The Substance abuse and prevention coach at Safe places Ug, Mr. Bill Bekunda who also refers to himself as a “sober alcoholic” and recovery coach, has cautioned people against the improper consumption of substances, saying that most of them are potentially addictive and could weigh heavily on the victim.
Mr. Bekunda explained that addiction is the loss of control over a substance or behavior, which makes one practice the behavior repeatedly even when it is causing harm to them, their family, and loved ones.
“We can become addicted to almost anything. I have interacted with several people with different addictions. The most common are gambling, alcohol, and drugs. People don’t usually acknowledge sex and religious fanatism as addictions. Everything you are attached to can become an addiction if it crosses the line between normal behavior and starts to pose self-harm or harm to others,” he said.
According to Bekunda, an addiction makes people lose control over their actions and behaviors and their actions afterward.
“At first, a person struggles to stop themselves and do the activity normally as other people. But most people do not know that when someone is addicted to something, they not only fail to stop themselves from using but also fail to stop using it,” he said.
Further, he stated that addiction occurs when someone introduces an intoxicant to their bodies by consuming excess amounts of substances.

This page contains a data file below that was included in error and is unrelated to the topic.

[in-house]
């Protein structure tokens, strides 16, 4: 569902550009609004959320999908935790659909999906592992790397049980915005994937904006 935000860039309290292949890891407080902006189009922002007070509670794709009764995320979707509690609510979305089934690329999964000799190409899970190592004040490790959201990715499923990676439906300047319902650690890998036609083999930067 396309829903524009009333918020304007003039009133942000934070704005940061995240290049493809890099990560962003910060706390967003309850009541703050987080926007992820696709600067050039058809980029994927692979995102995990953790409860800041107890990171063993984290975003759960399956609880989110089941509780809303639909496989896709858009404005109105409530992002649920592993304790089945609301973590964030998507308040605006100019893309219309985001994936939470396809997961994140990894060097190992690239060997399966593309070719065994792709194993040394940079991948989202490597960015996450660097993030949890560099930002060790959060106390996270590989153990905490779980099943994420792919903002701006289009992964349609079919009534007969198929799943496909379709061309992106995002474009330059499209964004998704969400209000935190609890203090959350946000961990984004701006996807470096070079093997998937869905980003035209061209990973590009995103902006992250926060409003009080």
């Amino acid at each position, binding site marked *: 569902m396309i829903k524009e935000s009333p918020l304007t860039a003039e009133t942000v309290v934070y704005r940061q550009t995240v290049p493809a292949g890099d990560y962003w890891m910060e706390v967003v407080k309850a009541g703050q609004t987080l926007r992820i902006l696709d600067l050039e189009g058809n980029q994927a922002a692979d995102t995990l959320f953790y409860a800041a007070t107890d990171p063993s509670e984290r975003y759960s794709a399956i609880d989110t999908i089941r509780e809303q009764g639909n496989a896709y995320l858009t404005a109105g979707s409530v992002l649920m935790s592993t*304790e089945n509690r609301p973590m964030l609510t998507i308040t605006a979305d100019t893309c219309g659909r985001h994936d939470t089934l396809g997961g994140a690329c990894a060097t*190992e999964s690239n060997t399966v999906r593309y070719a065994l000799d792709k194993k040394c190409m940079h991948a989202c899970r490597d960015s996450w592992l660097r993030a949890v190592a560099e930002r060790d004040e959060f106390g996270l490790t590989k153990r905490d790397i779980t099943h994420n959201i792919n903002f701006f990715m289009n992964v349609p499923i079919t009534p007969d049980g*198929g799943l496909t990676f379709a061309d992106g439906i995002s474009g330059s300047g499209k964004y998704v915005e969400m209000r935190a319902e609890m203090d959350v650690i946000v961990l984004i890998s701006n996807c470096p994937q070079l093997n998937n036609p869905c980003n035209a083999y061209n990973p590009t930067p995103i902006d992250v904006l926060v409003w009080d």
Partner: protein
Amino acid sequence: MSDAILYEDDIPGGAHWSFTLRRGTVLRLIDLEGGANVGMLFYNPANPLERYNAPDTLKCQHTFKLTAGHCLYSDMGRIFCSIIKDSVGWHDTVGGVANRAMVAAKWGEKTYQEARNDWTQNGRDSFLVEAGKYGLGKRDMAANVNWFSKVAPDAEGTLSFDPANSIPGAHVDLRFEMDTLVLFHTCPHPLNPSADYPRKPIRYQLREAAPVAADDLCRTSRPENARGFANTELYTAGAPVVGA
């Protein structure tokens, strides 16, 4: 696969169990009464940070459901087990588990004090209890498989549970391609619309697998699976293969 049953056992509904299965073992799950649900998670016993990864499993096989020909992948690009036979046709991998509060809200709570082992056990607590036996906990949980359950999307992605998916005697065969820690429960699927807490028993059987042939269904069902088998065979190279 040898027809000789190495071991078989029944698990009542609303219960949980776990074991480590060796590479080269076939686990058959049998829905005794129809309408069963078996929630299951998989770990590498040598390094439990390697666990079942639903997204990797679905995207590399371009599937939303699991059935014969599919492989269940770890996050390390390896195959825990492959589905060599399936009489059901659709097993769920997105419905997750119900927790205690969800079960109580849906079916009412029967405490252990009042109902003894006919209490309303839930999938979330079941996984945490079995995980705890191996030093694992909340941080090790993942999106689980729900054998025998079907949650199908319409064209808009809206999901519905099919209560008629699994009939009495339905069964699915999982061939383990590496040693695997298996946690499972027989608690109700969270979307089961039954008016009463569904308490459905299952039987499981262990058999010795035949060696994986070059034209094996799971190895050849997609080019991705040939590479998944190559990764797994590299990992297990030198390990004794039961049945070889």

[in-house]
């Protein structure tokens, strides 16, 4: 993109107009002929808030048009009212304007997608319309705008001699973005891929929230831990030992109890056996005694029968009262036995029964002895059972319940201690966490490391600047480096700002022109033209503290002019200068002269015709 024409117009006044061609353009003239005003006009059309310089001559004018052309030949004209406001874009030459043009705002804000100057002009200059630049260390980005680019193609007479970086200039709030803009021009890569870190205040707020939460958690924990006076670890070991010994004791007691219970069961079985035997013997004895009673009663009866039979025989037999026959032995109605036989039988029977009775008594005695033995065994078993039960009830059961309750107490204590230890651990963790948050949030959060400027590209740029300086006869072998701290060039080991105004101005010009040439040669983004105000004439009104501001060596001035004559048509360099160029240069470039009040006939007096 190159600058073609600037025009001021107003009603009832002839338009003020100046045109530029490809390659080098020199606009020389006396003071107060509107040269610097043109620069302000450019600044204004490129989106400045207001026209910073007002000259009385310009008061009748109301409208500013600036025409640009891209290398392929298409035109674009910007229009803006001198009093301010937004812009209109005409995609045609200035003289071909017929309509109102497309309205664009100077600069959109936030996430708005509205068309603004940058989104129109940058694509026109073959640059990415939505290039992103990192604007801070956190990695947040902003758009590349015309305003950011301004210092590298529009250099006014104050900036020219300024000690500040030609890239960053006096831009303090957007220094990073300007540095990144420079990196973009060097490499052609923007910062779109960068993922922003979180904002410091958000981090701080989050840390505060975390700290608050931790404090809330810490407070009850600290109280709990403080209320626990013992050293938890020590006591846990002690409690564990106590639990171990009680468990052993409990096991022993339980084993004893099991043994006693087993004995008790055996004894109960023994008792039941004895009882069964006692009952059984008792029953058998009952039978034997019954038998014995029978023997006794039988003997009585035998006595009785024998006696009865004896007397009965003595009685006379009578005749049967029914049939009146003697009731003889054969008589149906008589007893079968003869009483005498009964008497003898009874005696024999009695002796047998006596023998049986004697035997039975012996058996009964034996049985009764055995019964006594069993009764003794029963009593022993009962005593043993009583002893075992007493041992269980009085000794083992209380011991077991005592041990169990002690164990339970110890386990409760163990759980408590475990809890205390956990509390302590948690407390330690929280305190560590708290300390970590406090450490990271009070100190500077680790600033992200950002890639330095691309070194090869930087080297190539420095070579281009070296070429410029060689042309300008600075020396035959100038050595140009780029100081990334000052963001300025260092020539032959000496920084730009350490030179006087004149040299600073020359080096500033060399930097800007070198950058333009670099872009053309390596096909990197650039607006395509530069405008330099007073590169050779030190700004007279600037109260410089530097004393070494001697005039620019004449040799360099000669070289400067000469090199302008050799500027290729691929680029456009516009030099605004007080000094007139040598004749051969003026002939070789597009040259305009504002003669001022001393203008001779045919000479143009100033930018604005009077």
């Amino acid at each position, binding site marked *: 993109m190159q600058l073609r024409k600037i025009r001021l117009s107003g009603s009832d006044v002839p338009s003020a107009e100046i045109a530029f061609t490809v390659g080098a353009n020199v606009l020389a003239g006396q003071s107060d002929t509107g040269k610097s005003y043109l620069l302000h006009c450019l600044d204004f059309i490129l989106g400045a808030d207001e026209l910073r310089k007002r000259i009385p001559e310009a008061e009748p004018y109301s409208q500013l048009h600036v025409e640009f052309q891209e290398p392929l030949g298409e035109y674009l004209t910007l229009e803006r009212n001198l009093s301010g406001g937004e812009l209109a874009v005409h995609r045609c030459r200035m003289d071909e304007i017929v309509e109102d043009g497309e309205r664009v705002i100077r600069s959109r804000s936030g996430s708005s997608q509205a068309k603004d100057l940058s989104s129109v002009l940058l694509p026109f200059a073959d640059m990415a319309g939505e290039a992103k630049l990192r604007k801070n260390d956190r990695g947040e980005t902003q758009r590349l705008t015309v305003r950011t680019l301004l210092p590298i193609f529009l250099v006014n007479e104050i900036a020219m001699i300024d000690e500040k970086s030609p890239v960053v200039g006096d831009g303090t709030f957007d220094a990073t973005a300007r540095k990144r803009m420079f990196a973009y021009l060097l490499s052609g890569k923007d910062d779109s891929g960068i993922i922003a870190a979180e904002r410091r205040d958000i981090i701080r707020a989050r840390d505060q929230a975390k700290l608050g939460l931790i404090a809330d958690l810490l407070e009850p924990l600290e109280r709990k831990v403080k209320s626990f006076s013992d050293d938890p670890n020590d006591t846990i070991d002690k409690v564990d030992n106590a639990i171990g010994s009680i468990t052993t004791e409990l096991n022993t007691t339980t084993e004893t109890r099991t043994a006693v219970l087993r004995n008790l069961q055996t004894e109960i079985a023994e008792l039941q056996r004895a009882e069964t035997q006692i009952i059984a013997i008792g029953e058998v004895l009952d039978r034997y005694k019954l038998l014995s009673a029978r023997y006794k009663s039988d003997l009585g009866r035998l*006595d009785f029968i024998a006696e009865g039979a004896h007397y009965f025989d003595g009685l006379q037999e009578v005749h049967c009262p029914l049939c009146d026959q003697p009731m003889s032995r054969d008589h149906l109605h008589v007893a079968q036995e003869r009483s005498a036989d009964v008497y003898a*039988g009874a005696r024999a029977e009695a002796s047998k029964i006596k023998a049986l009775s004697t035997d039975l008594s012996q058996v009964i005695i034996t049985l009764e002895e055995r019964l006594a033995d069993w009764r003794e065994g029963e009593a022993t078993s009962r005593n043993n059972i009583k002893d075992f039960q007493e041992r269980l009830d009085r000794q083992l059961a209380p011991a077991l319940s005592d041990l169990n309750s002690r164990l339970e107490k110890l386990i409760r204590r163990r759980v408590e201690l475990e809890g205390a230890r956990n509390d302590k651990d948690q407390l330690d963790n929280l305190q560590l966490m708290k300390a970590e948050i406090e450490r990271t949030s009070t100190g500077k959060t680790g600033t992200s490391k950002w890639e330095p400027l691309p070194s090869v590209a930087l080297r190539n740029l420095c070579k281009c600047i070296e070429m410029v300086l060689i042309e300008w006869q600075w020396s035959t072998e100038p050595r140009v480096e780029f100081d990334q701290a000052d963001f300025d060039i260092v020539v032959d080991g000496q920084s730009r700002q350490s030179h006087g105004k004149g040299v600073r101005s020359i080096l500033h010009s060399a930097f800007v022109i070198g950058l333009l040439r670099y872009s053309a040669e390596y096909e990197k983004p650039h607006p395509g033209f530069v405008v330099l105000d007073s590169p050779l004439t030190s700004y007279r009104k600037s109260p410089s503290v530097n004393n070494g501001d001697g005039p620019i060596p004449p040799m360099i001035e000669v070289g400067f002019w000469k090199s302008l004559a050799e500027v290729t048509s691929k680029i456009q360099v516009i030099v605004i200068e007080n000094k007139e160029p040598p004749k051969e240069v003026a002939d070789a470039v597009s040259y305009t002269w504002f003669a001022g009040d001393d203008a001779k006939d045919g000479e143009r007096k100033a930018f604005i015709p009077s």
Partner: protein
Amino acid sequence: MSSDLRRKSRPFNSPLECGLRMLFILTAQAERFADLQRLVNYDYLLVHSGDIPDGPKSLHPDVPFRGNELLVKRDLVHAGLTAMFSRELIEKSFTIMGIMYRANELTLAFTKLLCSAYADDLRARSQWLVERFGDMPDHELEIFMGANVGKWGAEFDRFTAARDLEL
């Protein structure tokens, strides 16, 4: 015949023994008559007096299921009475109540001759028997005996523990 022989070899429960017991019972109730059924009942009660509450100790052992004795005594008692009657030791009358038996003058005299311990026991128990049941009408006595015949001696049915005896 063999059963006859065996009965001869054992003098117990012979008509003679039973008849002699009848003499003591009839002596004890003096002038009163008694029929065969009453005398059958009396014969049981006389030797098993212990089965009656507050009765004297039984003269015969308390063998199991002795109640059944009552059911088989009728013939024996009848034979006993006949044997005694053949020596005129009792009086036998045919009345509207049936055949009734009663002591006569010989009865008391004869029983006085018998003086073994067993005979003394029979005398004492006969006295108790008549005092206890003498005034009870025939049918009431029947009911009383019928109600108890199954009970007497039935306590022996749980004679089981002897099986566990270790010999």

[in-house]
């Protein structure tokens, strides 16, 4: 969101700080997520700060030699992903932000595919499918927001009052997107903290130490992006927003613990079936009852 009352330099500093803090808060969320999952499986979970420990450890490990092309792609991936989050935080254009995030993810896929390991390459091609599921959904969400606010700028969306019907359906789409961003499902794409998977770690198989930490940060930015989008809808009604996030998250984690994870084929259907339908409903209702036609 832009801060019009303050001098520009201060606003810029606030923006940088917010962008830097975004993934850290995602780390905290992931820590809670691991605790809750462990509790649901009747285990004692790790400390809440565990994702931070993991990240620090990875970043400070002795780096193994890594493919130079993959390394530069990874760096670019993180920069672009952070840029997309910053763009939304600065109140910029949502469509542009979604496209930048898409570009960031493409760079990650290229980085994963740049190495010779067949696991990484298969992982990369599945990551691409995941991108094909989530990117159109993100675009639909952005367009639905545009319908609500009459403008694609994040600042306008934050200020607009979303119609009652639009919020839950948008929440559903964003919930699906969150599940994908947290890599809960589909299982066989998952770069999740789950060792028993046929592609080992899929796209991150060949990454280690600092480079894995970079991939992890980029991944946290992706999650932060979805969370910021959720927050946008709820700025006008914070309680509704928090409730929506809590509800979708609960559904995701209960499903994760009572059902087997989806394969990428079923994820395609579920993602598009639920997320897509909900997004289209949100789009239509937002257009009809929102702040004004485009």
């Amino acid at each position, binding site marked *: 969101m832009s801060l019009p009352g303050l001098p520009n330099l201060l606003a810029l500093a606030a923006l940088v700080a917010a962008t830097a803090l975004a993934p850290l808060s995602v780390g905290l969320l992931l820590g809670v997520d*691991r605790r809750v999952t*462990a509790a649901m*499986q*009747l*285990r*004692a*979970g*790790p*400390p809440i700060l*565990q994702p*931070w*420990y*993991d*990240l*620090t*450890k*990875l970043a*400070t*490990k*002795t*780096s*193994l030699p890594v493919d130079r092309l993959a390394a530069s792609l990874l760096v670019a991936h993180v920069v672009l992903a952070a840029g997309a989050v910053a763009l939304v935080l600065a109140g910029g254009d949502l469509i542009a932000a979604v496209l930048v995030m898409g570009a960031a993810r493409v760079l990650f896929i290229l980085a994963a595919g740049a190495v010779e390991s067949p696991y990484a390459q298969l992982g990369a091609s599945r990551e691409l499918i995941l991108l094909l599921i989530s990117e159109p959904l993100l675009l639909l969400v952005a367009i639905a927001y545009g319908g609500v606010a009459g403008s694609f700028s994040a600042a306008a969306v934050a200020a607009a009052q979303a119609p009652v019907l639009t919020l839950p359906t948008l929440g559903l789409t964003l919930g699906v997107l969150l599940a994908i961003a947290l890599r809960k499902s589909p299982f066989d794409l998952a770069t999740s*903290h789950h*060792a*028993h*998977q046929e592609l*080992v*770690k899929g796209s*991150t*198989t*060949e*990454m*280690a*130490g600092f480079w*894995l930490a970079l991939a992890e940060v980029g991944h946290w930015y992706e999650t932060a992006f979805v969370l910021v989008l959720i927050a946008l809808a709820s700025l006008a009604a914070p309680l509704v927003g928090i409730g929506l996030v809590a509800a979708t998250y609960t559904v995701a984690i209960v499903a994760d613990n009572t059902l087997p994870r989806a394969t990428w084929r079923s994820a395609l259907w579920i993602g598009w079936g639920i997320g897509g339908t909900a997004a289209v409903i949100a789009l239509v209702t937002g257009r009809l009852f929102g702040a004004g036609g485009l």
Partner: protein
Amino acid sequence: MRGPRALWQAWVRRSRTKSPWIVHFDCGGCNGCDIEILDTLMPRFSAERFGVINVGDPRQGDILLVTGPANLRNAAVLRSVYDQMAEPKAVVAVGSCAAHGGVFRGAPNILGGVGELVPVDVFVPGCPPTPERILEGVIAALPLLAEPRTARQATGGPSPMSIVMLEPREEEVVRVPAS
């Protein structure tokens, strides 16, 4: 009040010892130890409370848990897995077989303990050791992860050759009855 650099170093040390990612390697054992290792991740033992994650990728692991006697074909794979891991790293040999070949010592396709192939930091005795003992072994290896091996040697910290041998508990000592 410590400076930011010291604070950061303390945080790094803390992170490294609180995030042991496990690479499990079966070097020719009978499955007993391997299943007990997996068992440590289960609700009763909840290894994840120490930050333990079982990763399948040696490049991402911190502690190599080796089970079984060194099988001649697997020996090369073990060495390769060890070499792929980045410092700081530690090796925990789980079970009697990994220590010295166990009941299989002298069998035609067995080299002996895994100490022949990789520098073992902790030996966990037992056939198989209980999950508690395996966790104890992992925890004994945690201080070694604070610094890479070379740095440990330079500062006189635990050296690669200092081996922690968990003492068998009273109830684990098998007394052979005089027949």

The coach explained that addiction starts with having fun and someone having the ability to control themselves, which graduates to having fun and problems like bad hangovers. However, people usually drink more alcohol to cure hangovers. Even though it makes a person feel better, they become worse when they repeat the process and become addicts.
“People drink for pleasure to release dopamine which is a pleasure-giving chemical. When dopamine is released, a person feels good without putting effort into it because normally dopamine is supposed to be released when someone is happy and stabilize when they return to normal,” he explained.
He advised people to seek help once they recognize a change in negative behavior before it becomes too late to reverse when it has caused mental health illnesses such as schizophrenia, Bipolar disorder, and anxiety.
Mr. Bekunda, who was previously addicted to alcohol, said that during recovery, he realized that he could be social without being influenced and acknowledged that he did not have underlying disorders such as anxiety or depression that could have worsened the situation.
He, therefore, asked people experiencing addiction to examine their behavioral change patterns to seek help because there is always a 70 percent chance of recovery.
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